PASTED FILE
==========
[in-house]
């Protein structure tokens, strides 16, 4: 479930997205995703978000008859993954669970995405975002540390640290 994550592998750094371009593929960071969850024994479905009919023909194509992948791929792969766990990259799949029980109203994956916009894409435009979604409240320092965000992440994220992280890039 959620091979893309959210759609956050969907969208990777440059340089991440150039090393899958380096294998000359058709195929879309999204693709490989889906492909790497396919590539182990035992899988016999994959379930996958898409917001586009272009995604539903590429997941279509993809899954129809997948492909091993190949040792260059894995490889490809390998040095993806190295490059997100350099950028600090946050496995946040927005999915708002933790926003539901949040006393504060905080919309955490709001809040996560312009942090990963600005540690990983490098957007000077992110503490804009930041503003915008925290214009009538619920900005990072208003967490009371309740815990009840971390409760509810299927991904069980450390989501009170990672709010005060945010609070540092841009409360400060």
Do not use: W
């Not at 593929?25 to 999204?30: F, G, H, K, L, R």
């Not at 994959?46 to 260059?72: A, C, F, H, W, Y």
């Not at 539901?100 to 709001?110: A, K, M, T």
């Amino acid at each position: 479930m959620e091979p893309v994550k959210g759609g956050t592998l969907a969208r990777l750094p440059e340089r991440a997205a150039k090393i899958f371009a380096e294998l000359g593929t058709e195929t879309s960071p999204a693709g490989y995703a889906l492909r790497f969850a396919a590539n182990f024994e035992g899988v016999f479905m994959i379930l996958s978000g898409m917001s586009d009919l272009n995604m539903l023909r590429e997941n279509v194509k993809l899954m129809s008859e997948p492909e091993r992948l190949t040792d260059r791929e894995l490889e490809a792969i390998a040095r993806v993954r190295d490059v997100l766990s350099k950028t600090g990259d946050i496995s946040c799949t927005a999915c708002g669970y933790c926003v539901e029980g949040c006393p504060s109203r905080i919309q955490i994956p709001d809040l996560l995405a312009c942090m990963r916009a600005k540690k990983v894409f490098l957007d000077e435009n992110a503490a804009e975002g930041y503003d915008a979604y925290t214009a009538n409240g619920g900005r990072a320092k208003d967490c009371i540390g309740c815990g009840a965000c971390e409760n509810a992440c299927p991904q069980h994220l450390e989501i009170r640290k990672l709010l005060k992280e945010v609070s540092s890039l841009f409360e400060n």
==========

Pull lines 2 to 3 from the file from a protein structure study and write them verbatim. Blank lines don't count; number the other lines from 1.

């Protein structure tokens, strides 16, 4: 479930997205995703978000008859993954669970995405975002540390640290 994550592998750094371009593929960071969850024994479905009919023909194509992948791929792969766990990259799949029980109203994956916009894409435009979604409240320092965000992440994220992280890039 959620091979893309959210759609956050969907969208990777440059340089991440150039090393899958380096294998000359058709195929879309999204693709490989889906492909790497396919590539182990035992899988016999994959379930996958898409917001586009272009995604539903590429997941279509993809899954129809997948492909091993190949040792260059894995490889490809390998040095993806190295490059997100350099950028600090946050496995946040927005999915708002933790926003539901949040006393504060905080919309955490709001809040996560312009942090990963600005540690990983490098957007000077992110503490804009930041503003915008925290214009009538619920900005990072208003967490009371309740815990009840971390409760509810299927991904069980450390989501009170990672709010005060945010609070540092841009409360400060």
Do not use: W